Research Proposal

Reality television has gradually taken over a vast majority of all programmes on television today. There is more dating, renovations, cooking, singing and auction hunting than ever on our televisions then there was when reality television first became popular in the early 2000’s. Since the explosion of reality television in Australia, the population has watched twenty four complete strangers enter a house for three months with no outside communication on Big Brother, teams compete to prove their kitchen rules and a bachelor simultaneously date twenty five women to find his future wife.

According to an article published on in January of 2015, the author Colin Vickery calculated that between channels Seven, Nine and Ten an estimated 1500 hours of reality television made within the country alone would be broadcast to Australians last year. This is before the addition of reality shows from other countries including shows such as Geordie Shore from the UK and Duck Dynasty or Keeping up with the Kardashians from the US.

While the overall appeal of reality television has declined in Australia over the years, with the cancellation of Big Brother and the low ratings of renovation show House Rules last year, many Australians are still obsessed. Everyone loves to indulge in a bit of reality television, it’s a very common guilty pleasure for many all around the world and even though it’s rare that a grown man will openly admit that they love a bit of Real Housewives, we all do it! Personally, I love Keeping up with the Kardashians. It doesn’t matter if I watched it last week and at the end thought that was the most wasteful forty minutes of my week, I just can’t get enough, I’m back again the week after ready for more! I have that curiosity to watch week after week so I can truly keep up with the Kardashians.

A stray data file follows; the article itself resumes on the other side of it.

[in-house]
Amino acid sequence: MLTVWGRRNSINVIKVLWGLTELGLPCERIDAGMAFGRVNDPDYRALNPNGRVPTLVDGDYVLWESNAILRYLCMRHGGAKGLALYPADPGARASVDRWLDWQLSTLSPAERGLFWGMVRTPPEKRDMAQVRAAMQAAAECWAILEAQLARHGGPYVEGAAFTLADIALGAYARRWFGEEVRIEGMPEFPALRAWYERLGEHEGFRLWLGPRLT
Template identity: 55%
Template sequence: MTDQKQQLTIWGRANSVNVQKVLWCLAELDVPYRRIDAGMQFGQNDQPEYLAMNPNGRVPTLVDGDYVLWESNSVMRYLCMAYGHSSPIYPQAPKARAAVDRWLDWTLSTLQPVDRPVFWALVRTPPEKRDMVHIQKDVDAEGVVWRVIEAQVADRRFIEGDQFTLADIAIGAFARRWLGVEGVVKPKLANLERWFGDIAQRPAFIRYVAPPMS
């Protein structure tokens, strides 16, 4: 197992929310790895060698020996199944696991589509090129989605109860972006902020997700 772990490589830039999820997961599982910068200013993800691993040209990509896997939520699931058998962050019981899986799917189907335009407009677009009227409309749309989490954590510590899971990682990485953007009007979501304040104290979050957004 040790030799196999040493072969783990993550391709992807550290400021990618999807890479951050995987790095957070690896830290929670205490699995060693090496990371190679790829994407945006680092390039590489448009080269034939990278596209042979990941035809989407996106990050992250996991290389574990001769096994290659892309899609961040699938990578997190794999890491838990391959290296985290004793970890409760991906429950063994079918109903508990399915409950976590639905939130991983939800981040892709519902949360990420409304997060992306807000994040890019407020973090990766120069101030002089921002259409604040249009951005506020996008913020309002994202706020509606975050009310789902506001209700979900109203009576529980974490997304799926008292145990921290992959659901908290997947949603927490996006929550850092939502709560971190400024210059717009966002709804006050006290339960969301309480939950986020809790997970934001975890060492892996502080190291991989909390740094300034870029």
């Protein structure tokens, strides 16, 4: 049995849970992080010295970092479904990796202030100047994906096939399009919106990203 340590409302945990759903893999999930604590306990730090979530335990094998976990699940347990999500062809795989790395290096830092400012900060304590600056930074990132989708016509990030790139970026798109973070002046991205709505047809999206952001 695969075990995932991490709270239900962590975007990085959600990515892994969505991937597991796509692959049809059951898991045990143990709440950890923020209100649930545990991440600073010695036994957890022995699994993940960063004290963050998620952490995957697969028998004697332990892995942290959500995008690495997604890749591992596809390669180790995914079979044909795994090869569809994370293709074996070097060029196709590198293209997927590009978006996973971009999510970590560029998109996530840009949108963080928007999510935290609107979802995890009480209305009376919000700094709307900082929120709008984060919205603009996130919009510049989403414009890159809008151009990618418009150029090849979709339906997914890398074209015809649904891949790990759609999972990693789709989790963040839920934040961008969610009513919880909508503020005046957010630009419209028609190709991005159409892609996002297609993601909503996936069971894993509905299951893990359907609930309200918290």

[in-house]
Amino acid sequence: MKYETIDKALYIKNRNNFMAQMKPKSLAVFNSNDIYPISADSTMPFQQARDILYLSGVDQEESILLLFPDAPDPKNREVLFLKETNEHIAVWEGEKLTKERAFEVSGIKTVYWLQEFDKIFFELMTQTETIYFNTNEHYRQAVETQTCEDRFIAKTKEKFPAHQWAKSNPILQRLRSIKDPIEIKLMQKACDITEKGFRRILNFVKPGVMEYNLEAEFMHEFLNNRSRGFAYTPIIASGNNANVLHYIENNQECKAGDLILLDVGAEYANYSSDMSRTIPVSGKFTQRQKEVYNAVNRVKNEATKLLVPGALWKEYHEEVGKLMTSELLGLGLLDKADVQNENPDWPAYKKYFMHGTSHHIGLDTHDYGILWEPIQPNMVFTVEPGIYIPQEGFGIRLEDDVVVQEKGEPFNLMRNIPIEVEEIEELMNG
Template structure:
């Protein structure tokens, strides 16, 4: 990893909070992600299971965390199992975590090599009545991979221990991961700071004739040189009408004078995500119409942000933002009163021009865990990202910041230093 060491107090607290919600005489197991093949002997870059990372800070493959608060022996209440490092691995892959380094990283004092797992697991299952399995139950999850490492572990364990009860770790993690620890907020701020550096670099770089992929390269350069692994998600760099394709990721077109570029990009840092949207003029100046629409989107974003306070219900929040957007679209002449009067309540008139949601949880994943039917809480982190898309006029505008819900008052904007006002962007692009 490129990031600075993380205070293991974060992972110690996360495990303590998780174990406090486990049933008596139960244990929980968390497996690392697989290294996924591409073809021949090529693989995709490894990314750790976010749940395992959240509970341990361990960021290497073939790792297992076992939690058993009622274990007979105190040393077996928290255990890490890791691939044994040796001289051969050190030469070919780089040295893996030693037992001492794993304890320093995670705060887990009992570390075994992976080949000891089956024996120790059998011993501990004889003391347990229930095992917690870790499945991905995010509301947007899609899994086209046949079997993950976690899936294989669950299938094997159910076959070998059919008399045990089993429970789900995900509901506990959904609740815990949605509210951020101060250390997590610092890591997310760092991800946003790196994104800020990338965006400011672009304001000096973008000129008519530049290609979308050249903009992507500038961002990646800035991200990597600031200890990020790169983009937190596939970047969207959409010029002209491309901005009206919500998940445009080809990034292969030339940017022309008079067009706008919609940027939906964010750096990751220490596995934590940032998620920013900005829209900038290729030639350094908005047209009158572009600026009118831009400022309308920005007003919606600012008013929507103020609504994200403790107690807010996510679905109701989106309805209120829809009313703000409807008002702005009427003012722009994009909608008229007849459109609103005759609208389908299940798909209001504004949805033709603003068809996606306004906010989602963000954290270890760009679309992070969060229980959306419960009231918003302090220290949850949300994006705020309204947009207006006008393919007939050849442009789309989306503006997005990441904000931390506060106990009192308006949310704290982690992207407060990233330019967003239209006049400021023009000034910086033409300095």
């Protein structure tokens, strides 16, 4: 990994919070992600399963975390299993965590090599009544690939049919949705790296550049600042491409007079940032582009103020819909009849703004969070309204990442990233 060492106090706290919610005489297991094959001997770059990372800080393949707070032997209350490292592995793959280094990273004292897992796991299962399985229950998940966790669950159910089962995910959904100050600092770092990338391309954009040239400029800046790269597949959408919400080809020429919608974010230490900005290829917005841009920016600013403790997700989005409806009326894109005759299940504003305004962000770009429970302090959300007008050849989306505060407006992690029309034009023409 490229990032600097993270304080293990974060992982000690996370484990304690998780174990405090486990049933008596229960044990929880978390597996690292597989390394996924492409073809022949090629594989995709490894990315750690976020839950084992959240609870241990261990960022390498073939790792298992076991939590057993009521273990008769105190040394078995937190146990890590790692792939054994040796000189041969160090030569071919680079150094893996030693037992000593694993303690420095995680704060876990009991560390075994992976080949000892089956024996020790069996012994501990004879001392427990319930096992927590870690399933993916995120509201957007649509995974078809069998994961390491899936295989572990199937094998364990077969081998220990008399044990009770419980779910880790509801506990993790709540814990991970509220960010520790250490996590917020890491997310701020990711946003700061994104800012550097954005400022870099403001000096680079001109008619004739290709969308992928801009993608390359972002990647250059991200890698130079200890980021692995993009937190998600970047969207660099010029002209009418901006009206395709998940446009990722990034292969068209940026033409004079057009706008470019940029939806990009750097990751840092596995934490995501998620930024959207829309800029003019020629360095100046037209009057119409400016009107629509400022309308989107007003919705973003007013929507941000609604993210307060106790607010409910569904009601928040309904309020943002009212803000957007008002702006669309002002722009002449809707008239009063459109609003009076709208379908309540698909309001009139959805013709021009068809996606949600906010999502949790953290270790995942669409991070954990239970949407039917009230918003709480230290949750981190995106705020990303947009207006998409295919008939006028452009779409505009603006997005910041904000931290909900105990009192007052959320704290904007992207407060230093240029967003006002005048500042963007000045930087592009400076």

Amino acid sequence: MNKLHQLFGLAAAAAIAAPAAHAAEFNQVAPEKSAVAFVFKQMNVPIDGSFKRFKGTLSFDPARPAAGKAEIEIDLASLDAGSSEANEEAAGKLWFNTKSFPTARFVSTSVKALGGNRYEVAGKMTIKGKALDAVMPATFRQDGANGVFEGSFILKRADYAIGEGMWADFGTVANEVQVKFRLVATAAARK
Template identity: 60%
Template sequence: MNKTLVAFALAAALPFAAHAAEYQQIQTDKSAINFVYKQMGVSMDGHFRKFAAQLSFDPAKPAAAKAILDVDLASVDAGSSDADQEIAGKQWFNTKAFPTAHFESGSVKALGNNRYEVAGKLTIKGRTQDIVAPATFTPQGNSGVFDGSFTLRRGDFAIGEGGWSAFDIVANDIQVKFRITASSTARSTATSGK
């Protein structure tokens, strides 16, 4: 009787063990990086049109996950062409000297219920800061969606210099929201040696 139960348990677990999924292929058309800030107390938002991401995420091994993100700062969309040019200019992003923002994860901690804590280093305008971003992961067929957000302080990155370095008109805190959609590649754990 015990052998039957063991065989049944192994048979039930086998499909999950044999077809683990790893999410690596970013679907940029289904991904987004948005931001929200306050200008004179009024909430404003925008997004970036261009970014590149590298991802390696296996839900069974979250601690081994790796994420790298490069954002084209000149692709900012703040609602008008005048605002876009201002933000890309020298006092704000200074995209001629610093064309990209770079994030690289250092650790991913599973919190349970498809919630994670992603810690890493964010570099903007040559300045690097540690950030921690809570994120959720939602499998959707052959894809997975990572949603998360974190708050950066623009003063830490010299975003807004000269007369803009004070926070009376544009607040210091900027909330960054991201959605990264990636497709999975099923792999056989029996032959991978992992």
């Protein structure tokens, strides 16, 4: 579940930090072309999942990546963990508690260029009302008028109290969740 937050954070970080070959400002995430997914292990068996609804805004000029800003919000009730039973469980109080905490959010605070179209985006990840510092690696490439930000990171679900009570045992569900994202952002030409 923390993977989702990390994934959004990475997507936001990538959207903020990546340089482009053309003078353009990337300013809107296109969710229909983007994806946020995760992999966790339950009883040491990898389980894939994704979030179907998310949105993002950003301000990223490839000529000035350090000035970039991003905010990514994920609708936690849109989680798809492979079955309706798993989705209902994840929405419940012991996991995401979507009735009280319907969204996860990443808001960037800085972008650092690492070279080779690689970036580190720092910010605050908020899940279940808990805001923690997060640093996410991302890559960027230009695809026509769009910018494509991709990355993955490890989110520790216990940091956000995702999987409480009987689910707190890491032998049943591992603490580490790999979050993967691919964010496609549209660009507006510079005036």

But how accurate and fair are these shows at representing the real reality that we experience every day? It doesn’t take a genius to figure out that some if not most reality television shows are scripted but to what degree are the other reality shows you can’t tell are scripted, scripted? These questions have always been a curiosity of mine and so it was decided they were going to be the main focus of my research project. The primary question I will propose is ‘is reality television a good/fair representation of reality and how much to a degree do you think reality television is scripted?’

Using the cancellation of Big Brother and how viewers lost interest over the years when it became very obvious how scripted the show really was and singing show The Voice which currently seems to be unscripted and has real rewards for contestants when the show finishes as case studies I will investigate my proposed question using various research tools.

A majority of my research will be conducted as qualitative data through the use of surveys, focus groups and interviews where open-ended and closed-ended questions will be asked to other students from the University of Wollongong to gather the information necessary and relevant for my project. Questions will include those such as whether students believe reality television is a good and/or fair representation of reality and also how much of reality television today is scripted. I will also ask participants what shows they believe are and aren’t scripted that are currently on television including those from other countries and why they think reality television is scripted instead of letting shows play out like real reality.  Privacy of participants will be protected throughout my primary research and nothing will be disclosed without the participant’s permission beforehand. The option of anonymity will be available and not all question asked of participants will be compulsory to answer if uncomfortable with sharing answers.

Ultimately through my research I am aiming to determine what makes reality television so appealing to viewers, if viewers realise their favourite show might be completely false, made up and nothing like reality and why certain reality shows are scripted but others aren’t and if shows are scripted to what degree.


Vickery, C 2015, ‘Aussie viewers will be swamped with more than 1500 hours of reality TV shows in 2015’,, 26 January, viewed 21 March, <>

Rupel, D 2016, ‘How Reality TV Works’, Writers Guild of America, viewed 21 March 2016, <>

Adalian, J 2015, ‘The Boom Days of Reality TV are Over’, Vulture, viewed 21 March 2016, <>